SR: This is actually a much more complicated issue than it appears. First, there is a subculture within craft that waits in line in large part for the community. Meeting up and sharing with friends. I think that’s awesome, we could all use more community. Second, most of the breweries engaging in direct-to-customer sales are trying to make more beer. It’s not that easy! You need space, expensive equipment and competent people. As we make more beer people realize they don’t have to line up first thing in the morning unless it’s a one-off or some other highly coveted beer. Third, presales have their complications. What if you do it and people don’t show up to get the beer in a timely manner? We don’t have storage space for that kind of thing. This opens the brewery up to all kinds of uncomfortable conversations and interactions with customers that are best avoided. Plus it’s an answer to a problem that doesn’t exist. No one is obligated to wait in line. We are incredibly grateful that people have and do because it’s changing craft beer for the better, but people do it because they like it or they stop. Honestly I’m not into the app idea so no we don’t plan to do it, but never say never, the time may come when it makes sense.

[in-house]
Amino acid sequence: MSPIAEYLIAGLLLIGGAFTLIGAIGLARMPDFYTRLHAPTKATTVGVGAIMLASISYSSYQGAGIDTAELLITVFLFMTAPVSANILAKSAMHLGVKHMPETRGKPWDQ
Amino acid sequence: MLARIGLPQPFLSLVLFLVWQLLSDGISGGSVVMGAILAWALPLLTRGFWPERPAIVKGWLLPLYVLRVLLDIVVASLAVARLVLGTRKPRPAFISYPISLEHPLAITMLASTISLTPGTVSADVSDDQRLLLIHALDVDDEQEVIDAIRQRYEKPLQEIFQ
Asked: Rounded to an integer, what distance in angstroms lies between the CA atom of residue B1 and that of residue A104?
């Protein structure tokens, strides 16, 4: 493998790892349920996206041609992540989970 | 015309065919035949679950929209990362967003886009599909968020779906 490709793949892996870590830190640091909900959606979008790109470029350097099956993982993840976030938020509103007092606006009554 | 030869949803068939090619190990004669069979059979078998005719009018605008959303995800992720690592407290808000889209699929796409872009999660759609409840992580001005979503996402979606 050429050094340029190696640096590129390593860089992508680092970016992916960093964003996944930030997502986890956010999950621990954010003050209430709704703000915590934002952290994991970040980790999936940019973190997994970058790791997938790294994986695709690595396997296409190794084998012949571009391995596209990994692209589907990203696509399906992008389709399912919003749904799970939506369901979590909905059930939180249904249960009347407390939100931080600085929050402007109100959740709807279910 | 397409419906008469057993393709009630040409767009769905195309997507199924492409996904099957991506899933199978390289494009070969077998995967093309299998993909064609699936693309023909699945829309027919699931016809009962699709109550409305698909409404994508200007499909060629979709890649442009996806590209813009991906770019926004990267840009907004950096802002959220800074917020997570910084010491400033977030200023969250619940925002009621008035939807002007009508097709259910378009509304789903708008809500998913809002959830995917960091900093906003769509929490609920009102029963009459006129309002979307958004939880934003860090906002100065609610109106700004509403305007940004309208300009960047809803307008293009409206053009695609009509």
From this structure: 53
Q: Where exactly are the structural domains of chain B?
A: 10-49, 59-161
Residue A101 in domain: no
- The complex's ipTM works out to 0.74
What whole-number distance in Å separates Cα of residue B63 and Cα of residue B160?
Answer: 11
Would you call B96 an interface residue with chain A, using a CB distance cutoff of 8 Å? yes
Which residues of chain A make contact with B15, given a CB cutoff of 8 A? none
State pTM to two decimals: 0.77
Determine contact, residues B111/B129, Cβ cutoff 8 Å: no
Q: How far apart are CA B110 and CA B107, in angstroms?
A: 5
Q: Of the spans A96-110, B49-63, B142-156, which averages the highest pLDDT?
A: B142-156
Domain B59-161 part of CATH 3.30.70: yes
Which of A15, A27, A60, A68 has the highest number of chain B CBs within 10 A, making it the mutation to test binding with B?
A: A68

EB: Green City is a good measure of just how many breweries across the country now specialize in hazy, hoppy beers. Do you see that number continuing to grow?
SR: I do. It’s becoming too popular for breweries to ignore it. Three years ago at Modern Times’ Festival of Dankness I spoke on a panel about IPA and I told everyone that New England IPA was unstoppable and that it would head west because customers would demand it. Now how many West Coast breweries make them? A lot. Some begrudgingly, but you can’t ignore demand.
EB: What was the inspiration to throw your own festival?
Andrew Burman: We really wanted to bring our traveling, the collaborations we’ve done all over the world, all the breweries we’ve worked with and bring that here to Brooklyn. So many times on Instagram you’ll see a brewery post about a collaboration that none of their local fans will get, or they might have to wait in line forever for. So we wanted to bring the Other Half adventures to our fans here. This is a list of breweries we think are awesome and we’re impressed with, all under one roof. That includes local brewers like Hudson Valley and Equilibrium. This is a showcase of what we do and who we do it with.